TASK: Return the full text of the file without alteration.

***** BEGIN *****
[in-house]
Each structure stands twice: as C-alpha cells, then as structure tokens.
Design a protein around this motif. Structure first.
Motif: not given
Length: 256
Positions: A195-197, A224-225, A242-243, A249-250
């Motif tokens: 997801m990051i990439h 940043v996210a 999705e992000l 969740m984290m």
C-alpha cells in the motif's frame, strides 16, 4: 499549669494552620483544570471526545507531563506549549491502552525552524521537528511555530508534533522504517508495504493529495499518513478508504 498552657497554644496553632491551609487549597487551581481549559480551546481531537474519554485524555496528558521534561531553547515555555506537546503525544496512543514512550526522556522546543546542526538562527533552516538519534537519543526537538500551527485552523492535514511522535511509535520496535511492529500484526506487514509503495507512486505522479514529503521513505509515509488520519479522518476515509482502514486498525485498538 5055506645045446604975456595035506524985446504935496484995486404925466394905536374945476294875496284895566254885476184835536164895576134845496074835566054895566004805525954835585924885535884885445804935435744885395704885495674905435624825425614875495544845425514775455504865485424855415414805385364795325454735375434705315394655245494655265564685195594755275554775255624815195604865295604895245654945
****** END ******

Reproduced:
[in-house]
Each structure stands twice: as C-alpha cells, then as structure tokens.
Design a protein around this motif. Structure first.
Motif: not given
Length: 256
Positions: A195-197, A224-225, A242-243, A249-250
């Motif tokens: 997801m990051i990439h 940043v996210a 999705e992000l 969740m984290m």
C-alpha cells in the motif's frame, strides 16, 4: 499549669494552620483544570471526545507531563506549549491502552525552524521537528511555530508534533522504517508495504493529495499518513478508504 498552657497554644496553632491551609487549597487551581481549559480551546481531537474519554485524555496528558521534561531553547515555555506537546503525544496512543514512550526522556522546543546542526538562527533552516538519534537519543526537538500551527485552523492535514511522535511509535520496535511492529500484526506487514509503495507512486505522479514529503521513505509515509488520519479522518476515509482502514486498525485498538 5055506645045446604975456595035506524985446504935496484995486404925466394905536374945476294875496284895566254885476184835536164895576134845496074835566054895566004805525954835585924885535884885445804935435744885395704885495674905435624825425614875495544845425514775455504865485424855415414805385364795325454735375434705315394655245494655265564685195594755275554775255624815195604865295604895245654945